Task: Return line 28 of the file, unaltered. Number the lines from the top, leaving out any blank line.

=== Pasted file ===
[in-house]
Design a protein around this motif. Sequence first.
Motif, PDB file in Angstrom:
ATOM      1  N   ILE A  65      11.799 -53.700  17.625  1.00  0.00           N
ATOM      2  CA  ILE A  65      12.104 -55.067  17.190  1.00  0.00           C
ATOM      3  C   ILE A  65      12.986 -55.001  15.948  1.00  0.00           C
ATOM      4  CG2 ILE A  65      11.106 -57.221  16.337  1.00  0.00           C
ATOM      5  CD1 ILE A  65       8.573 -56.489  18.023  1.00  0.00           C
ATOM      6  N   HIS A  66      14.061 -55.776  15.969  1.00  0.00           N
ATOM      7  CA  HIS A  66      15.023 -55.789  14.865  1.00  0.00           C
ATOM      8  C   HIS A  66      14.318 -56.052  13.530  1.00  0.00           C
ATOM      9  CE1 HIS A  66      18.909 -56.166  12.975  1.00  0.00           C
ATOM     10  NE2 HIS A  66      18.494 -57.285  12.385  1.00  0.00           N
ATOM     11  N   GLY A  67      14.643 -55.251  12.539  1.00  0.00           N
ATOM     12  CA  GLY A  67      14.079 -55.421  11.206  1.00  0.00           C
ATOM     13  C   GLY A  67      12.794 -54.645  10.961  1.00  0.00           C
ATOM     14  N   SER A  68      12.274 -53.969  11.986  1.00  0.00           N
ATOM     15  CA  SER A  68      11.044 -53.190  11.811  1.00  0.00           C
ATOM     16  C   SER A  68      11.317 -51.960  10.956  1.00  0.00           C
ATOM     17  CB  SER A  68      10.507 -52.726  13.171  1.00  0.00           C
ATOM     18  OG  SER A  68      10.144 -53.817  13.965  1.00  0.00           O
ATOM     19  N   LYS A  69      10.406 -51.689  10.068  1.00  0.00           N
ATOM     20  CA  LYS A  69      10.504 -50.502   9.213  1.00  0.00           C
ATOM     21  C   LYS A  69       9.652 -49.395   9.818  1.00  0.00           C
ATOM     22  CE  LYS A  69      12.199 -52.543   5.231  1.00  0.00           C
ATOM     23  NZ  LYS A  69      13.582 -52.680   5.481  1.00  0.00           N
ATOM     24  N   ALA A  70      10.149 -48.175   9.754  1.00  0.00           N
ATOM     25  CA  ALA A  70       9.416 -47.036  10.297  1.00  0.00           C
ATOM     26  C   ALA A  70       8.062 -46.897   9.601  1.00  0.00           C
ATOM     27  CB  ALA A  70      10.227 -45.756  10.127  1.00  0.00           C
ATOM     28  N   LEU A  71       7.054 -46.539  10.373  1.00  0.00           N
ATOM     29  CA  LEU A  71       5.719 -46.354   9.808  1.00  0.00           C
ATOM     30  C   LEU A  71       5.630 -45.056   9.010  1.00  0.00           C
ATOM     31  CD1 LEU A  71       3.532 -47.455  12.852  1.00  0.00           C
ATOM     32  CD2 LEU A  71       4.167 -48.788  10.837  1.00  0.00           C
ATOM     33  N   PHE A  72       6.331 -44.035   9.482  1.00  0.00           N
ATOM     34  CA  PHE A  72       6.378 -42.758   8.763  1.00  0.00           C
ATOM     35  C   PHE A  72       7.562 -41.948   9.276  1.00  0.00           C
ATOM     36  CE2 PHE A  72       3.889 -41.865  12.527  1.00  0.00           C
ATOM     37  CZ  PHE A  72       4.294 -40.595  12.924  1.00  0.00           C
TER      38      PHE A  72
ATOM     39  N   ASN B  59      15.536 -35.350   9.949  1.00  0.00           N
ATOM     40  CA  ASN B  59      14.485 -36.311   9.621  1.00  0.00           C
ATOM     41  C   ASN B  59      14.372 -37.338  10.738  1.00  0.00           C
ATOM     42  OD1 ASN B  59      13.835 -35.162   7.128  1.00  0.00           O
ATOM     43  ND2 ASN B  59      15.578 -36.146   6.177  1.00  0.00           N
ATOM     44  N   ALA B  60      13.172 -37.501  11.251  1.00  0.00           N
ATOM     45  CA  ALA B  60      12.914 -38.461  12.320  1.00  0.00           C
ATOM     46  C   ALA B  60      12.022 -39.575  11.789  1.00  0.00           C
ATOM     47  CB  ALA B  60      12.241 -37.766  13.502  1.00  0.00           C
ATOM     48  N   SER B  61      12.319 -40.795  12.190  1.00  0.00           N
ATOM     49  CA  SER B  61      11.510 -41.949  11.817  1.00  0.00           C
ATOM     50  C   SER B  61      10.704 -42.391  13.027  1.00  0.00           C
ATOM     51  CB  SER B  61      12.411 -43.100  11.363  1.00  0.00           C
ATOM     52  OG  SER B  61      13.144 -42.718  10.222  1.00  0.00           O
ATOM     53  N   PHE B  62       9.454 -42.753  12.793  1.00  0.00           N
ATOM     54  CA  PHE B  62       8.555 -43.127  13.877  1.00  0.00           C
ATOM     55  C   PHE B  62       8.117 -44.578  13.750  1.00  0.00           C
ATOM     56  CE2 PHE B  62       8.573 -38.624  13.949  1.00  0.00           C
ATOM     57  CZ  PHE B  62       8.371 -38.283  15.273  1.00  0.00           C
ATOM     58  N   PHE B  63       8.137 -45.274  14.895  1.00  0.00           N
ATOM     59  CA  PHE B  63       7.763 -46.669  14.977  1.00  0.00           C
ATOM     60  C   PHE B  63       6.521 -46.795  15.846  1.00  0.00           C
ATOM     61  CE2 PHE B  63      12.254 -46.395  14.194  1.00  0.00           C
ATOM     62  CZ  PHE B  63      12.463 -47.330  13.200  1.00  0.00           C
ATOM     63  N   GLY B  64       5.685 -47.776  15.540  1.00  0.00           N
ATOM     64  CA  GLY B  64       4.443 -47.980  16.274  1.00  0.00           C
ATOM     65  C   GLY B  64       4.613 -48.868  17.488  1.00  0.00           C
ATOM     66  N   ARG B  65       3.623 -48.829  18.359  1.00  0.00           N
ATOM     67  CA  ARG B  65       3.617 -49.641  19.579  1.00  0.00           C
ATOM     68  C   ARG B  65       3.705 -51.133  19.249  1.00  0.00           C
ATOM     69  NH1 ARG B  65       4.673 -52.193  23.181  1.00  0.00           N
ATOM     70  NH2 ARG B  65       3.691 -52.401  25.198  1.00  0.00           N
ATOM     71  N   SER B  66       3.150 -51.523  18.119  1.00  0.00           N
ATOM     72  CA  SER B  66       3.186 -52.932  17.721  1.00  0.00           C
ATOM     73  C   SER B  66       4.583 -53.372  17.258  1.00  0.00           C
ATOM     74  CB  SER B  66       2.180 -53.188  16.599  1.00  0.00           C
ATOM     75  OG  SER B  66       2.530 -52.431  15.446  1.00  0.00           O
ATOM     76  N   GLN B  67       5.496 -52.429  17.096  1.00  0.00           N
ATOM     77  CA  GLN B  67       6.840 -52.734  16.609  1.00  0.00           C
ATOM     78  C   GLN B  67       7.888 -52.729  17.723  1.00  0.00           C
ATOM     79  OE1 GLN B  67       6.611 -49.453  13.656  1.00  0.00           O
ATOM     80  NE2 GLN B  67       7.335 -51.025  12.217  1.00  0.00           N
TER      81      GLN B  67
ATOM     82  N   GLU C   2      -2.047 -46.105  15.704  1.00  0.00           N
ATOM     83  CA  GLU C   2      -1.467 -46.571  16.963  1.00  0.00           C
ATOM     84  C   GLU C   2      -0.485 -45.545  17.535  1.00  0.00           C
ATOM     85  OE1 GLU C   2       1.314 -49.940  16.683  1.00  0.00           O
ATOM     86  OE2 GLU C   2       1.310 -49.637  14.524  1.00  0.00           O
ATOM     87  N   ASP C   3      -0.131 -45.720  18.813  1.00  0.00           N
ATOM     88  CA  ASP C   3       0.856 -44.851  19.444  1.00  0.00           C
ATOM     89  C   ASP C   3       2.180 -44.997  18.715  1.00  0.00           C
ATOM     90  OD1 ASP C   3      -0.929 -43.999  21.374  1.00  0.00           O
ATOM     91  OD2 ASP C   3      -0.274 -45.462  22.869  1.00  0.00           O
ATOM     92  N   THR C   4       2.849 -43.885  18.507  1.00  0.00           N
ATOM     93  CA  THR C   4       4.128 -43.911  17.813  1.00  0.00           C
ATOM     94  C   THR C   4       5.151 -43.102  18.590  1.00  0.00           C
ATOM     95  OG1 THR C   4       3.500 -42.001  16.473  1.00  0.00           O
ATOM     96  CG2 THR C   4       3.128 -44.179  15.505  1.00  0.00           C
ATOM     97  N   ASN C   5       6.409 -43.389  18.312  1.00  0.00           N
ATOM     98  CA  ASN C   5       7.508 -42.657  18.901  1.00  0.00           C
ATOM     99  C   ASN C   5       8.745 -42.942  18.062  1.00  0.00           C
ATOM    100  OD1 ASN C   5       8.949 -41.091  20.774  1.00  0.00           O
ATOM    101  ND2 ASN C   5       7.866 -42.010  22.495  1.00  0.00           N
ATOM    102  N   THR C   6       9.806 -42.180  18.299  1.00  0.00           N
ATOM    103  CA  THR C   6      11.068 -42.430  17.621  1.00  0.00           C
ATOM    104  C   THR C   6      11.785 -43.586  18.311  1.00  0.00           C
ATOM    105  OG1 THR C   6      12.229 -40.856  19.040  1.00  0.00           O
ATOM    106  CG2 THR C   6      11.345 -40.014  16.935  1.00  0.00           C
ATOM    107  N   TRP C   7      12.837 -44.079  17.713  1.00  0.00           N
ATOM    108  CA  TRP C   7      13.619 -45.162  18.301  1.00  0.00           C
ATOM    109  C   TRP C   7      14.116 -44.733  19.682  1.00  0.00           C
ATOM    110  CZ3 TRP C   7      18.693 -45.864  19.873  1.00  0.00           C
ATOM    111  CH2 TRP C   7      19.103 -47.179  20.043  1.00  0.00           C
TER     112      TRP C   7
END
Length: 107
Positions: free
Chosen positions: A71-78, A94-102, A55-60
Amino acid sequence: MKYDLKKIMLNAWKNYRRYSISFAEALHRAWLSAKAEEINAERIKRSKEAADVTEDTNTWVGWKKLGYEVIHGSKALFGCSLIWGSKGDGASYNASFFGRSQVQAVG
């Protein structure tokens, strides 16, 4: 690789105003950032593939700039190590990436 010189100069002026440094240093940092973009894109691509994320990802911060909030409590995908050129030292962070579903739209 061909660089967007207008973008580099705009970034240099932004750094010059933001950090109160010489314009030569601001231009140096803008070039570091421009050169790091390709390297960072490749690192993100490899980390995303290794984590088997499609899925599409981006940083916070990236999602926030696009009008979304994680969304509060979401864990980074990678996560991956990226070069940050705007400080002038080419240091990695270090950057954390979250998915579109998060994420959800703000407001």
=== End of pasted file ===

ATOM     25  CA  ALA A  70       9.416 -47.036  10.297  1.00  0.00           C